Cats and dogs become victims of the coronavirus crisis in Hungary

Cats and dogs are being abandoned for these two reasons

editor: REMIX NEWS
author: Dénes Albert

While humans are suffering immeasurably from the coronavirus crisis, cats and dogs in Hungary have also become unlikely victims of the outbreak.

According to Magyar Nemzet, a number of Hungarians are abandoning their pets out of fear that their cats and dogs can be carriers of the disease, while other pet owners suffering hospitalization have simply been unable to care for their animals.

While there are some studies that show cats can carry the infection, dogs are less likely to catch the disease, with only a few isolated reports arising where dogs tested positive. At the same time, experts are advising pet owners to not abandon their pets, as the odds of transmission are negligible.

Human doctors and veterinarians also indicate that while dogs and cats are unlikely to catch the disease, their fur and paws can carry the virus just like any other clothing item, meaning that people shouldn’t stroke any animal on the streets and clean their own pets as well as possible when entering the house. Cat owners should also refrain from letting their cat roam freely outside.

The other issue in Hungary involves hospitalized owners being unable to care for their pets. The problem is further amplified by the fact that many animal shelters are temporarily closed. While these shelters continue to care for animals already there, they do not accept new arrivals.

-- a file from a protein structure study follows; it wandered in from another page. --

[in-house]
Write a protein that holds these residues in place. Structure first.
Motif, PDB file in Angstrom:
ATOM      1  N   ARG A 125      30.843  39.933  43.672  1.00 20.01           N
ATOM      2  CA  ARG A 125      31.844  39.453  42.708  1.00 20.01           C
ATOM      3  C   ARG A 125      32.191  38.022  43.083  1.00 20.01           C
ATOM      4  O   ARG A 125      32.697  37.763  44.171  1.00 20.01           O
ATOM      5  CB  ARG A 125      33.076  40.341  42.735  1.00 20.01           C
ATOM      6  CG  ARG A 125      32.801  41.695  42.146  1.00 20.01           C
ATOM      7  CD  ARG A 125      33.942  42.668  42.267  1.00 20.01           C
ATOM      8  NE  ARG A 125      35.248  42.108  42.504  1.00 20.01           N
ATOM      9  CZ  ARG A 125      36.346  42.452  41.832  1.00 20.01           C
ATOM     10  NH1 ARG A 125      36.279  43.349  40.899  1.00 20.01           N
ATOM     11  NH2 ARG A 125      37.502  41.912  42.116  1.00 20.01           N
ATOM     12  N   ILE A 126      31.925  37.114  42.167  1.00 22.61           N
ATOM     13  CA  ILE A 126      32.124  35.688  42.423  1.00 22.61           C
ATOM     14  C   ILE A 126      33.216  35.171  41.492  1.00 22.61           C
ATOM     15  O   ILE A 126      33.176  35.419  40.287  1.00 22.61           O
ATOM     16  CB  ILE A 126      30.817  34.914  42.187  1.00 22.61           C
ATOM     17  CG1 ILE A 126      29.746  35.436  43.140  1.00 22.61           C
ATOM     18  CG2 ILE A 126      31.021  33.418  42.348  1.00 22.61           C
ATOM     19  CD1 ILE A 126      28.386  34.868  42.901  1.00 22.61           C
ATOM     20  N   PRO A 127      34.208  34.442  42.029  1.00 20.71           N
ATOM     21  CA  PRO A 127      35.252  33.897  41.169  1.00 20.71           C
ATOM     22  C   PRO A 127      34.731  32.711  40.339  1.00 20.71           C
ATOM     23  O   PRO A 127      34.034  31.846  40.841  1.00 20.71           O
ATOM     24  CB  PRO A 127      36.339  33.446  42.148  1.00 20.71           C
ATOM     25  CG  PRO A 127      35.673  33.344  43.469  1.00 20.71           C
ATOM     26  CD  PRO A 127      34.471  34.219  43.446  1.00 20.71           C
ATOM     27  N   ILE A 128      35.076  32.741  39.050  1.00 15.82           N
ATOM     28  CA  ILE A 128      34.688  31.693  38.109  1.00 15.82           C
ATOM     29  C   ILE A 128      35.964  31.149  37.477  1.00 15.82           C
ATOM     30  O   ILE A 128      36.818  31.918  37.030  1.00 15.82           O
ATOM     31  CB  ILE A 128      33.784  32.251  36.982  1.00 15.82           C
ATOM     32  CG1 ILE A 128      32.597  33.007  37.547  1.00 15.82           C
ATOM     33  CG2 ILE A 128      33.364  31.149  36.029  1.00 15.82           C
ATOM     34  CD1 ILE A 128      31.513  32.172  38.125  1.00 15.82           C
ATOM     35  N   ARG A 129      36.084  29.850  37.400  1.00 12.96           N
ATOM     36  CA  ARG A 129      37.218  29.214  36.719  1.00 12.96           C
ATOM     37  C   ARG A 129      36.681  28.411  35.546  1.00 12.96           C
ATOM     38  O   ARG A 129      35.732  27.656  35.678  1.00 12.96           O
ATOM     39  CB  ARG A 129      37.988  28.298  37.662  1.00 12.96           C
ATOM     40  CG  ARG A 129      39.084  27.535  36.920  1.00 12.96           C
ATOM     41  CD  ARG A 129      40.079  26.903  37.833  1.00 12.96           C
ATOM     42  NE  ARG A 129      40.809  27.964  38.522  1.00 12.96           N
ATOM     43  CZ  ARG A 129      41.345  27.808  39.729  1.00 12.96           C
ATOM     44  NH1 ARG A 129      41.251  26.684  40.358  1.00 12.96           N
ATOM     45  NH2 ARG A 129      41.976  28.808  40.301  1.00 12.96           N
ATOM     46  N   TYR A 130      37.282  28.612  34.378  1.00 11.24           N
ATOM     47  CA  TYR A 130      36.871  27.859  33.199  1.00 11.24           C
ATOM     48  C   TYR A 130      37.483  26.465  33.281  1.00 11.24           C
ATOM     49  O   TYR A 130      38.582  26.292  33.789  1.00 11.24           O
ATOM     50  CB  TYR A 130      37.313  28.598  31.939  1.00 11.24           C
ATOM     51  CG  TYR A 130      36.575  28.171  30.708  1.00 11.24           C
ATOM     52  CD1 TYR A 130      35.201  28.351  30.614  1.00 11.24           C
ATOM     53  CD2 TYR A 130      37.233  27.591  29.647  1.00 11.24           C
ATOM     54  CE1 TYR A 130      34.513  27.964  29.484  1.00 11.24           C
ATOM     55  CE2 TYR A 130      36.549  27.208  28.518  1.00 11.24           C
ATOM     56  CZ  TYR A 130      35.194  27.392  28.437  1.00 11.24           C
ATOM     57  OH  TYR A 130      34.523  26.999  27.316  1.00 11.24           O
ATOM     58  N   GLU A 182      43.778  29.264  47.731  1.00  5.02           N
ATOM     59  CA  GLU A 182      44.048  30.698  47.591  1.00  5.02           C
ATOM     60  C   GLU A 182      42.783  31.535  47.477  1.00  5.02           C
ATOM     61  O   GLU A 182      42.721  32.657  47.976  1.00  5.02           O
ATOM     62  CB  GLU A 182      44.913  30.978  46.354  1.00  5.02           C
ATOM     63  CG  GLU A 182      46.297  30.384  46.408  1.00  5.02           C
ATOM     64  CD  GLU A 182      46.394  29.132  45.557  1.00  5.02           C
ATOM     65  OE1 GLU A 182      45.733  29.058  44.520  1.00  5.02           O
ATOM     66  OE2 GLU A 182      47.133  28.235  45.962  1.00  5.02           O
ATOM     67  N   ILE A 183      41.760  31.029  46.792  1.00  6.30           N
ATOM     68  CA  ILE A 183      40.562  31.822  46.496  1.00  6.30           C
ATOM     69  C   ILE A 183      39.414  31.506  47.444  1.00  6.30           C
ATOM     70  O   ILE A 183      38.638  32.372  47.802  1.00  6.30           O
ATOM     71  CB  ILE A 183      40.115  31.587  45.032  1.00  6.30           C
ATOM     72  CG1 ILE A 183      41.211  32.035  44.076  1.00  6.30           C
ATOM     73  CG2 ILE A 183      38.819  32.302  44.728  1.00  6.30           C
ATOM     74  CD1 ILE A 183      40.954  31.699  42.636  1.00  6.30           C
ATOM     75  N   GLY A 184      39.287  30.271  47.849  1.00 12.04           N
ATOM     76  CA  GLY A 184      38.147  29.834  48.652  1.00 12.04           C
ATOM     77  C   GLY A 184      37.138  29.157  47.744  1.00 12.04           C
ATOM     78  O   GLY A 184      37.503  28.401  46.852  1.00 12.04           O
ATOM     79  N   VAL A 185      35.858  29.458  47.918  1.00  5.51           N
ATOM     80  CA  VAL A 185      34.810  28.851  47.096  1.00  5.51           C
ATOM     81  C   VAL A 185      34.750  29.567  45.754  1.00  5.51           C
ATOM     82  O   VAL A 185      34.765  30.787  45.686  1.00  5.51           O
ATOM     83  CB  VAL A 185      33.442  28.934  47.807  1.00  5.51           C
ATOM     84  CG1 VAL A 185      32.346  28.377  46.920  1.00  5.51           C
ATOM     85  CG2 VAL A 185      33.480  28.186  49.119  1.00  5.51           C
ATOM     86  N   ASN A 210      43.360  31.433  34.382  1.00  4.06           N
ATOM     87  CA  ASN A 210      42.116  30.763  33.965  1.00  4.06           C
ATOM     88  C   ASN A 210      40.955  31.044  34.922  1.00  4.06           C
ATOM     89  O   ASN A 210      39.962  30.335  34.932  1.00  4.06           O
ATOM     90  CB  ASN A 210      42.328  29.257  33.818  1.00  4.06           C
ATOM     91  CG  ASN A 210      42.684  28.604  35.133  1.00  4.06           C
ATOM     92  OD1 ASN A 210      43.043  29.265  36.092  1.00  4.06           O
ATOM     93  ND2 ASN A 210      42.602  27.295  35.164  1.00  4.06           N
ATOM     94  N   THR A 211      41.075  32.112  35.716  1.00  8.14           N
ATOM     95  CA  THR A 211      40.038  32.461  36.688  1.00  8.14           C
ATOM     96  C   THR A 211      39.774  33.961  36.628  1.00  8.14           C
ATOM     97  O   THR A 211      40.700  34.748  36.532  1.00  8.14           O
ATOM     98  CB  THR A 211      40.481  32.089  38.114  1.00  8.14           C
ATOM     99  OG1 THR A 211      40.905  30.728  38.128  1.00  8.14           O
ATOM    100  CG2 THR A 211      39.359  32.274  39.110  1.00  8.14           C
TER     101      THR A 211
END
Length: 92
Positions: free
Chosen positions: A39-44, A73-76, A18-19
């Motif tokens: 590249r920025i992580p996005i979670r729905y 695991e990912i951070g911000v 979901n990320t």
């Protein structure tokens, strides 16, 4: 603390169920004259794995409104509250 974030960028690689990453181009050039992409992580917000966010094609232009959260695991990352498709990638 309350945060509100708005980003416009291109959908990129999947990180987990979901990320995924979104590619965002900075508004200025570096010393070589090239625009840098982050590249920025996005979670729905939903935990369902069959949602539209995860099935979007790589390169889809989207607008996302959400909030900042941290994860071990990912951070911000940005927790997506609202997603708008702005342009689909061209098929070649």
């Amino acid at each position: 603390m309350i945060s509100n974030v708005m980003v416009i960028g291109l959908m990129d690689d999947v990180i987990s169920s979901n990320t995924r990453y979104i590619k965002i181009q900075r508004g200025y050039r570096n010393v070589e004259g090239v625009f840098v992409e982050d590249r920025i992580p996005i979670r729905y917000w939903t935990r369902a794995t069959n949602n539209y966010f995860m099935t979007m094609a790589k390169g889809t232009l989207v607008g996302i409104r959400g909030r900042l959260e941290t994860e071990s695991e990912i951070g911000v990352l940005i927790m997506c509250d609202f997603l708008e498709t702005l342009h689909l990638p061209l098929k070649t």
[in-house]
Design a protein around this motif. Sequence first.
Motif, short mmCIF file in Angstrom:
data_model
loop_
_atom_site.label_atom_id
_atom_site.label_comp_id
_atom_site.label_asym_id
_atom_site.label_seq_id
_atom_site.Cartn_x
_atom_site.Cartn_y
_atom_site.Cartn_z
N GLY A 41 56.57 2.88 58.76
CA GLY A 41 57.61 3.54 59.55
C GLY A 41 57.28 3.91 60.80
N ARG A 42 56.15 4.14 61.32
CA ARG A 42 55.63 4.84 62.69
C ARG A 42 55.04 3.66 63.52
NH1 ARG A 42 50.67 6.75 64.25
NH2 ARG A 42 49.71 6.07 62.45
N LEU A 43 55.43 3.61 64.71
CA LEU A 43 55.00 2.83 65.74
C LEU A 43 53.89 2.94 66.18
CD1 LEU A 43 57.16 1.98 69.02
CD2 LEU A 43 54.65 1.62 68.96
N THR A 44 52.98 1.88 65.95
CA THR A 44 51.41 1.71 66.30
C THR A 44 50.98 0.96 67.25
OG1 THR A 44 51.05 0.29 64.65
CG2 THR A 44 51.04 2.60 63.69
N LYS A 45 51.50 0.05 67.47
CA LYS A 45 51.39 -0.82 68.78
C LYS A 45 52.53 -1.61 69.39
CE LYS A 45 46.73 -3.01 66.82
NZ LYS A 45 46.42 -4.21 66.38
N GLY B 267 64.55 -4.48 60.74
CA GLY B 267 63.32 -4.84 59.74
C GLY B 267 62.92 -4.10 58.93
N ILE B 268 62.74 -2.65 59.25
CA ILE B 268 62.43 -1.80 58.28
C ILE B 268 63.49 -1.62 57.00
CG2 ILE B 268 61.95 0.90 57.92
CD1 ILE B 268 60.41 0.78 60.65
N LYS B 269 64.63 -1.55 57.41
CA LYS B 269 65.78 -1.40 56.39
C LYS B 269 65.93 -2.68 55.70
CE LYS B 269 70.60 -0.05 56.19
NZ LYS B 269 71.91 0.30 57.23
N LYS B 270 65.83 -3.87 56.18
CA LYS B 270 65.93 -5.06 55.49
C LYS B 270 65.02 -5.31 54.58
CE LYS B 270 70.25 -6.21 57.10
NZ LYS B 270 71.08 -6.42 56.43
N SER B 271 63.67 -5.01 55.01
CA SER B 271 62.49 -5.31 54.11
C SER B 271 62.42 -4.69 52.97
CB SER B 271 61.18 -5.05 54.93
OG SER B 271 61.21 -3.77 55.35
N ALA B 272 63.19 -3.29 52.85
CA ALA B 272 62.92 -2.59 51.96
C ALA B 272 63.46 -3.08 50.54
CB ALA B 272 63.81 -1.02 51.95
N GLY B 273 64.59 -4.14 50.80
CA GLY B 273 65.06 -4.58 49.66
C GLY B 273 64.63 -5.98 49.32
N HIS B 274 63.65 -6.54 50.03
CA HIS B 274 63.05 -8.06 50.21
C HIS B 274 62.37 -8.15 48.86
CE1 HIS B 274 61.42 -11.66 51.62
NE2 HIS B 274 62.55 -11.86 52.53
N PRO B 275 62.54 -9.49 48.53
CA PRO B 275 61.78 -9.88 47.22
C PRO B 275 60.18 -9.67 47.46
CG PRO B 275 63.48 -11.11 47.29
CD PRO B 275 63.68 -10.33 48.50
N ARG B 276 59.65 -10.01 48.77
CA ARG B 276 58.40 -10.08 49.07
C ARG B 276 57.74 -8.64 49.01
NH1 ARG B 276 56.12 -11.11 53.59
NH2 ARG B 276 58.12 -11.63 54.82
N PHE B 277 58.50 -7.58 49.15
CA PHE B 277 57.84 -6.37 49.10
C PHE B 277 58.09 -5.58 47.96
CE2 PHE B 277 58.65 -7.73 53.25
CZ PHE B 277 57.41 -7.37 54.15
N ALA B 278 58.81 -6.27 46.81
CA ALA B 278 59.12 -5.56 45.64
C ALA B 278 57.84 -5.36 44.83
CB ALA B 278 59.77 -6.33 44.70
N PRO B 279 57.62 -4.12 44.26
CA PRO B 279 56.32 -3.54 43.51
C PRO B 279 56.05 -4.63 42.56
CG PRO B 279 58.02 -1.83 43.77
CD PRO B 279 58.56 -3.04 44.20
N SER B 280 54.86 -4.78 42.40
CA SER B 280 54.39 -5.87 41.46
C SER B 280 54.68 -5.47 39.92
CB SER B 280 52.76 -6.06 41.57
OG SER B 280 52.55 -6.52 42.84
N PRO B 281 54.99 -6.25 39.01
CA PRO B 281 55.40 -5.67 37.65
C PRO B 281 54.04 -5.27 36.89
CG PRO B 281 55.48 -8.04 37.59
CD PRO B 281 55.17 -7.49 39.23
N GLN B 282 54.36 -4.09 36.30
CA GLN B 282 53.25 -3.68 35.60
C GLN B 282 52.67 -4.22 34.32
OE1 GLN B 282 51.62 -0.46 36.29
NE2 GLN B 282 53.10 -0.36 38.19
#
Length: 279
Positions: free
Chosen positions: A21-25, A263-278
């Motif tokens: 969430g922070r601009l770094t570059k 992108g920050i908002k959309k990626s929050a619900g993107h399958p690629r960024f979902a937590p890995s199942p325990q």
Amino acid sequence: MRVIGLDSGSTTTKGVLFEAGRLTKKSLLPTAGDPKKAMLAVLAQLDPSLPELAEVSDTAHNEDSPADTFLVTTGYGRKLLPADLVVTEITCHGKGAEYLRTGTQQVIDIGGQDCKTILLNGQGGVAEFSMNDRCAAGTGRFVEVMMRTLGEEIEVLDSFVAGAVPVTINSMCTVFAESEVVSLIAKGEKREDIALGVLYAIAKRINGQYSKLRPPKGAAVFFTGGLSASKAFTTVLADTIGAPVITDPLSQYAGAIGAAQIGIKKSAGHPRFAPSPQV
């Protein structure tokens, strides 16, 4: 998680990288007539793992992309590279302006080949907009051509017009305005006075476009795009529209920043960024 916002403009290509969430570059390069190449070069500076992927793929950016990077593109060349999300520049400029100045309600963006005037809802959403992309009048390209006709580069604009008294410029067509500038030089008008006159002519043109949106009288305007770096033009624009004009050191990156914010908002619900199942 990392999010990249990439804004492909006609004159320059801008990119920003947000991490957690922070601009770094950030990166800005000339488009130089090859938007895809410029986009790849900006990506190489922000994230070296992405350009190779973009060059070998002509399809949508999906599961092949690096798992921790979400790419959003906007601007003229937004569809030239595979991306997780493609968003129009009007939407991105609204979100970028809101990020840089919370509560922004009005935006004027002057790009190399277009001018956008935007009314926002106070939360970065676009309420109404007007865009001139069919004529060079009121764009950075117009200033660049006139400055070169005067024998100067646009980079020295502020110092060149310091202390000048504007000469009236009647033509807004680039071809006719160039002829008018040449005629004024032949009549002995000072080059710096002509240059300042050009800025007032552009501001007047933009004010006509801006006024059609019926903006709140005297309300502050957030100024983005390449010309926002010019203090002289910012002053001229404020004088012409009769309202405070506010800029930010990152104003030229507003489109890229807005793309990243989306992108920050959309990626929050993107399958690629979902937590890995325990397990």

What is happening in Hungary is the polar opposite of what has been happening in the United States, where out of fear of being stranded home alone, people have virtually emptied all animal shelters in search of a companion.

Under the umbrella of the National Food Safety Authority (NÉBIH), that coordinates the effort and helps in gathering donations, several animal welfare associations have established a “Unified Emergency Animal Protection System”, available on its own website.

One of the few animal shelters that is still open to the public, Rex, has established more stringent screening of potential owners for the duration of the crisis in an attempt to asses their true commitment. The shelter is also warning people that they should only adopt a pet if they are certain it can be cared for even if the owner is hospitalized.

Another dog shelter association, ZöldEb (GreenDog in English), has set up a network of helpers who assist people in walking and feeding their pets and even find temporary homes for those animals whose owners cannot be at home for some reason.

Title image: Dog and his owner in Budapest. (Magyar Nemzet/Zoltán Havran)


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